Kaissa’s Gentle Touch

Kukov,Velislav (2373) - Bojkov,Dejan (2477) [E90]
Blagoevgrad BUL, 73rd Men Ch R-13 Blagoevgrad BUL (13.2), 22.02.2009
This game was played in the final round of the Bulgarian Individual Championship. Boris Chatalbashev was leading with 10/12, I was second with 9, third was Momchil Nikolov with 8, and the fourth- Julian Radulski had 7 points. The spiciness of the situation was the fact that in all the players that were chasing the one in front of them had better tie-breaks. This meant that in case of a win, I could hope for the title (in case that Chatalbashev loses). On the other hand, a possible loss could send me to the third place. I needed to play for a win with maximum stability. The exchanged line of the KID did not bother me.
1.d4 Nf6 2.Nf3 g6 3.c4 Bg7 4.Nc3 0–0 5.e4 d6 6.h3 e5 7.dxe5 dxe5 8.Qxd8 Rxd8 9.Bg5 Na6 10.Nd5 Rd6 11.Bxf6 Bxf6 12.Rc1 Bd8 13.c5 Re6 14.a3 Kg7

A very useful prophylactic move. The king goes away from the possible pin on the a2-g8 diagonal, thus preparing f7-f6 or f7-f5 advances. [14...c6 is also logical. However, after: 15.Bxa6 it is better for Black to capture the knight, rather than the bishop, as the following game shows: (15.Ne3 b6 Ѕ–Ѕ Grivas,E (2475)-Kotronias,V (2610)/Karditsa 1996/CBM 053 16.cxb6 axb6 17.Bc4 Re8 18.Bxa6 Bxa6 19.Rxc6 Bb7 20.Rc4і 1/2 Grivas,E (2505)-Mozetic,D (2585)/Karditsa 1994/CBM 043) 15...bxa6 (№15...cxd5 16.Bd3 Re7 17.0–0 Bd7=) 16.Ne3 see the game 1–0 Arnaudov,P (2195)-Urukalovic,R (2273)/Zadar CRO 2008 (48)] 15.b4 [15.h4?! does not promise anything for White- 15...c6 16.Bxa6 (16.Ne3 b6 17.Bc4 White wins a pawn, but the powerful bishops an the insecure position of the enemy king provide more than sufficient compensation to Black. 17...Re7 18.Bxa6 Bxa6 19.cxb6 axb6 20.Rxc6 Bb7 21.Rc4 b5 22.Rc5 Bxe4 23.Rxb5 (23.Rxe5 Ba5+ with the idea- 24.b4 Rxe5 25.Nxe5 Bc7 with big advantage for Black) 23...Rc8 and Black does not have to complain at all) 16...cxd5 17.Bd3 dxe4 (17...Re7!?) 18.Bxe4 f5 19.Bd5 Re7 20.Ke2 And White already experienced difficulties, since the line: (20.0–0 e4 21.Nd4 Re5 22.Bb3 Bxh4 loses a pawn (Ilincic)) 20...e4 21.Nd2 Re5 and Black was already better in Grivas,E (2505)-Ilincic,Z (2530)/Varna 1994/EXT 1997 (33); 15.Ne3!? is worth a try in a practical game. Now: 15...c6 can transpose, but (15...Nb8 is an interesting alternative- 16.Bc4 (16.h4 Nc6 17.Bc4 Re8 18.h5 Nd4ѓ) 16...Re8 17.0–0 f6 18.Rfd1 c6= should give good play to Black.) 16.Bc4 (16.Bxa6 bxa6 transposes to Arnaudov,P (2195)-Urukalovic,R (2273)/Zadar CRO 2008 (48), where the rook on e6 was a target for the white knights.) 16...Re7 17.Bxa6 bxa6 18.Nc4 Bc7 19.Kd2 a5 20.Kc3 Ba6 21.Nfd2 Rb8 22.Rhd1 a4= is a line given by Ilincic in the Chess Informant.] 15...c6 16.Bxa6 cxd5 17.Bd3 Re7 18.0–0 f5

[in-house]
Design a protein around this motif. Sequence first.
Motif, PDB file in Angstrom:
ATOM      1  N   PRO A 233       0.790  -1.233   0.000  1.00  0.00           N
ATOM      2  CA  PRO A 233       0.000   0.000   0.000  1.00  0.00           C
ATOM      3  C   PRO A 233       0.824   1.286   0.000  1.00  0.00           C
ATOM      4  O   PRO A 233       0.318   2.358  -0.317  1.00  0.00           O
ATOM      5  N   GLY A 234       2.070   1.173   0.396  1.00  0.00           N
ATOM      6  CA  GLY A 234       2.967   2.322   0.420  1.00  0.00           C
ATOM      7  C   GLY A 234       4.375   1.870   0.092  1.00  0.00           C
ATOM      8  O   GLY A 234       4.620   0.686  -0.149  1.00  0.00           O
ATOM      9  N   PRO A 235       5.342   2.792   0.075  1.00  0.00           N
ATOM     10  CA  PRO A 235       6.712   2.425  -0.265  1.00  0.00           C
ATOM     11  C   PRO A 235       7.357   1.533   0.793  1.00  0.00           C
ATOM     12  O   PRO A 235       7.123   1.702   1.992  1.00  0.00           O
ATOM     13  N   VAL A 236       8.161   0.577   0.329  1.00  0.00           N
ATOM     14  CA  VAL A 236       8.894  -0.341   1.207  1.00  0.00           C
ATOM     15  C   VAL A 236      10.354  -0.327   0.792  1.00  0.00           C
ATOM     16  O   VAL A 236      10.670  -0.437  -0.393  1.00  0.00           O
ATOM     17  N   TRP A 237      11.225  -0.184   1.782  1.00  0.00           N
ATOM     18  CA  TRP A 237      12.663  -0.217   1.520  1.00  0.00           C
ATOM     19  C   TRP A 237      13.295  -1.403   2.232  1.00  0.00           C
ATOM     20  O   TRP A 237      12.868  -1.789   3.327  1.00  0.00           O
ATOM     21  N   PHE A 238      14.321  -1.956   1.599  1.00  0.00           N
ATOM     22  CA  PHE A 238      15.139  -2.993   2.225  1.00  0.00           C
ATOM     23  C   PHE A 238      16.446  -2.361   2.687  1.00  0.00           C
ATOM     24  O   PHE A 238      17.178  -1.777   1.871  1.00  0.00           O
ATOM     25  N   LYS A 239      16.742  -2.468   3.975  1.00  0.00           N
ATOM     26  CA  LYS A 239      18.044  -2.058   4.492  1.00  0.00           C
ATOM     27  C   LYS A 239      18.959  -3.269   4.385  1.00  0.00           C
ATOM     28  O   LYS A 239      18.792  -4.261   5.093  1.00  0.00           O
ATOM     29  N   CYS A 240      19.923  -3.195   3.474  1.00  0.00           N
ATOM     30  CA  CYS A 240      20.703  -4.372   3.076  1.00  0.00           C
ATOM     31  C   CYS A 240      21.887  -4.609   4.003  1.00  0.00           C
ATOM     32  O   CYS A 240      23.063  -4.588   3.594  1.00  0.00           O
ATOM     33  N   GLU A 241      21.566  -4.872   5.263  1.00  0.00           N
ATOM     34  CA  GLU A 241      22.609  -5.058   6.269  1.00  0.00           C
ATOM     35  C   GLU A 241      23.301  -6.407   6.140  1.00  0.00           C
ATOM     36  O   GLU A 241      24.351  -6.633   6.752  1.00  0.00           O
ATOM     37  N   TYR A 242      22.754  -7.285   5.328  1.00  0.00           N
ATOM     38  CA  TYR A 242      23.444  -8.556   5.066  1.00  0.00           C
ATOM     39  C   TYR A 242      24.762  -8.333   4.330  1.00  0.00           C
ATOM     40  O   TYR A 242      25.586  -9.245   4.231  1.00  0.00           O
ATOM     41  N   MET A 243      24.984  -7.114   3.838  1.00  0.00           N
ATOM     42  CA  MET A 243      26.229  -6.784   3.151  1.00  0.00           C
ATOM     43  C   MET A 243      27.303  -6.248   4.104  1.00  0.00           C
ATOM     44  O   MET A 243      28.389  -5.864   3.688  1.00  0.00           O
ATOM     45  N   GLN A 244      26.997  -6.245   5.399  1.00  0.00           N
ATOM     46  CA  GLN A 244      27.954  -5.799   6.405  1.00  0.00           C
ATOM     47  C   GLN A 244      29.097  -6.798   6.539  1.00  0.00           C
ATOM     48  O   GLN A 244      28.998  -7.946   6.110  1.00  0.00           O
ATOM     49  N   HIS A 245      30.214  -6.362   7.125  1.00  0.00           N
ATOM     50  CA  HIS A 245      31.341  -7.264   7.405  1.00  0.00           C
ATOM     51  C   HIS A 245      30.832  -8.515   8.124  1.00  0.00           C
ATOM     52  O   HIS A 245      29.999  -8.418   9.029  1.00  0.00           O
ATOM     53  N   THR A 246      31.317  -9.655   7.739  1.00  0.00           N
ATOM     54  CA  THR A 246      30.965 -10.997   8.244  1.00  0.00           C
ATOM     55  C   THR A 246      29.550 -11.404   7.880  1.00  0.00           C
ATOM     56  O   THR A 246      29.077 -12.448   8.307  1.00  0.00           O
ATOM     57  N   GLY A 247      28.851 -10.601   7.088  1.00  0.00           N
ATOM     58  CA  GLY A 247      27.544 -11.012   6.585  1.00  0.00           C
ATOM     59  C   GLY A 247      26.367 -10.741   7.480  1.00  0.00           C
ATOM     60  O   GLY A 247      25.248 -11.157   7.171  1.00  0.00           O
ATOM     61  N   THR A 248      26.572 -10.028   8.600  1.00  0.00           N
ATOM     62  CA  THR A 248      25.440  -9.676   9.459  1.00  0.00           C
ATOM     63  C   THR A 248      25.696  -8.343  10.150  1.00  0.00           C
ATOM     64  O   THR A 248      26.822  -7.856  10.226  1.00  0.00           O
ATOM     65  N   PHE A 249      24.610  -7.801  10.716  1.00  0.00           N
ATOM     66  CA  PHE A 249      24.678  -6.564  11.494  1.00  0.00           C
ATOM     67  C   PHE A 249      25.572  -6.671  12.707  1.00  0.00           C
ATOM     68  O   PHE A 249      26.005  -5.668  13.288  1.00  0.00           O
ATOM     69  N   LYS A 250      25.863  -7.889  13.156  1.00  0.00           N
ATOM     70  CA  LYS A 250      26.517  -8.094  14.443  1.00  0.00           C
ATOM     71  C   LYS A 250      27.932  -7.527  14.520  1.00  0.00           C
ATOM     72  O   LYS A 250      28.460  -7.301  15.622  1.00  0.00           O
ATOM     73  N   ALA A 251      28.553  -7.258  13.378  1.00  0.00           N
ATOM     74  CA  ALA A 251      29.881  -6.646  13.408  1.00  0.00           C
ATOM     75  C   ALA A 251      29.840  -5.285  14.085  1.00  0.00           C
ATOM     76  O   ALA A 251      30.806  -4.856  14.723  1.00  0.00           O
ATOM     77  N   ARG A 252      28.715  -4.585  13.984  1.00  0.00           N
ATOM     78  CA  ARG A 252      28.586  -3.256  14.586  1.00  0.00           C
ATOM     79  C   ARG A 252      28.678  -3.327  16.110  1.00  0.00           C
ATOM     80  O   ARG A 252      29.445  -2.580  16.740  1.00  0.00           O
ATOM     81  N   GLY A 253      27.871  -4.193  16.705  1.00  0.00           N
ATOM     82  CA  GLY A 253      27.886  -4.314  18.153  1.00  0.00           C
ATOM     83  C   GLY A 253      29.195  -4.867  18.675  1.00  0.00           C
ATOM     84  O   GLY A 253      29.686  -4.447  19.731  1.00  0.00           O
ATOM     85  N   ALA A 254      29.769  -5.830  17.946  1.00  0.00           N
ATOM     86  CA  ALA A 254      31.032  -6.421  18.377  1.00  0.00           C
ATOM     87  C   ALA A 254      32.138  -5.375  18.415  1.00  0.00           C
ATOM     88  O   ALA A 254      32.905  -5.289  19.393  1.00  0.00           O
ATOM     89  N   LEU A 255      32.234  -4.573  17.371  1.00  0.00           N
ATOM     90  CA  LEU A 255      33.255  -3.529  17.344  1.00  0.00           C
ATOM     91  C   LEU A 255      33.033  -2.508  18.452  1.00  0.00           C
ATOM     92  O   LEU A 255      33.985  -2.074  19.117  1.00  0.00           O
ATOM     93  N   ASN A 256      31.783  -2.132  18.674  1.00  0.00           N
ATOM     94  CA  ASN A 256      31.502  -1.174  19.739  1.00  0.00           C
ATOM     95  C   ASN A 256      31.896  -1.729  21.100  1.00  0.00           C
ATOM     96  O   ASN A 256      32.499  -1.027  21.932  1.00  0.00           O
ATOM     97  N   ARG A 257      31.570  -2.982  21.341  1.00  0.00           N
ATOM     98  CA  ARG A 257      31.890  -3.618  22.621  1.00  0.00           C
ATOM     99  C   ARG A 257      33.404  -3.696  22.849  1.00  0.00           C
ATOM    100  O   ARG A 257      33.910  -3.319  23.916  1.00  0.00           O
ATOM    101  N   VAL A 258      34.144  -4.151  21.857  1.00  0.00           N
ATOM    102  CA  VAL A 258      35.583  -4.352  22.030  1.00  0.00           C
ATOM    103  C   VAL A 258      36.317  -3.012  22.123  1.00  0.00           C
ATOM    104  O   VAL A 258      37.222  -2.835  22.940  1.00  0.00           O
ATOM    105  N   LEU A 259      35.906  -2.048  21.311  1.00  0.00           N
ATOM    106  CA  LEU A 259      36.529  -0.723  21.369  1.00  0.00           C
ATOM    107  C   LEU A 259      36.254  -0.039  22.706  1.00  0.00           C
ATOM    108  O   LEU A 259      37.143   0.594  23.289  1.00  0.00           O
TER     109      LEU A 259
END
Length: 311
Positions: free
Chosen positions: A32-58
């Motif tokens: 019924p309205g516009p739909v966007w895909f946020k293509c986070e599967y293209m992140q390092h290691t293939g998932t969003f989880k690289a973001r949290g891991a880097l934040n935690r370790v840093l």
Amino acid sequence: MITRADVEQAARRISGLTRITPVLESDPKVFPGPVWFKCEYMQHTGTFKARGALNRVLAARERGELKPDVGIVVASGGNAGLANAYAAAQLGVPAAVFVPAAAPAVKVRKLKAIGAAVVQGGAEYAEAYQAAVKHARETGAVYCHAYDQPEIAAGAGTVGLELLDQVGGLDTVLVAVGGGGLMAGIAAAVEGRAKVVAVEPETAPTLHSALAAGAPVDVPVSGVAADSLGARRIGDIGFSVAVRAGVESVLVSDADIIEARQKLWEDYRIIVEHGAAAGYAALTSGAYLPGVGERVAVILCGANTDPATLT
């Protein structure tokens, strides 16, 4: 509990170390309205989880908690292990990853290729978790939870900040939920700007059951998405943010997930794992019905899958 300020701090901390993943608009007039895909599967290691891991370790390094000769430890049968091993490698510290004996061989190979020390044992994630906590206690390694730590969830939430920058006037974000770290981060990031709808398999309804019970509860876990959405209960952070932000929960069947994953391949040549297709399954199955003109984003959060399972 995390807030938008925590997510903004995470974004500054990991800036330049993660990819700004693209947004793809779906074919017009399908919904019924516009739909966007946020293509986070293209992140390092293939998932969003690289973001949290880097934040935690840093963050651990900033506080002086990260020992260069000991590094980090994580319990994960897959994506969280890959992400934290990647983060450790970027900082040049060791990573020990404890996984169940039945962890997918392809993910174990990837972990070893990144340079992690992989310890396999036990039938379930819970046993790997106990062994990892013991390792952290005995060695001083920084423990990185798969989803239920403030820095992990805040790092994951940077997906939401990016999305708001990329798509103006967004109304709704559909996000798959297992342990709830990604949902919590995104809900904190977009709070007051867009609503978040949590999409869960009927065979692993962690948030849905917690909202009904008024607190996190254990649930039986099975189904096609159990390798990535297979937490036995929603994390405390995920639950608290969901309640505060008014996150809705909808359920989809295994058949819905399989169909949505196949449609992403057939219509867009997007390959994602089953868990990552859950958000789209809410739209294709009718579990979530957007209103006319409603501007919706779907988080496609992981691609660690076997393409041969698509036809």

This is better version of the game Kapnisis- Kotronias where Black had his king on g8, but still quite unclear. If Black wants save equality, he can opt for: [18...dxe4 19.Bxe4 f5 20.Bd5 e4 21.Nd4 Re5 22.Bb3 Bf6=] 19.exd5 e4 20.d6 Rd7 I felt that this is the best choice. [20...Rf7 21.Ne5 a) 21.Bxe4 fxe4 22.Ne5 Rf5; b) 21.Bc4! exf3 22.Bxf7 Kxf7 (22...fxg2? 23.Rfd1) 23.b5 Bg5 24.Rc2 Bd7 25.c6 bxc6 26.bxc6 Rc8 27.h4!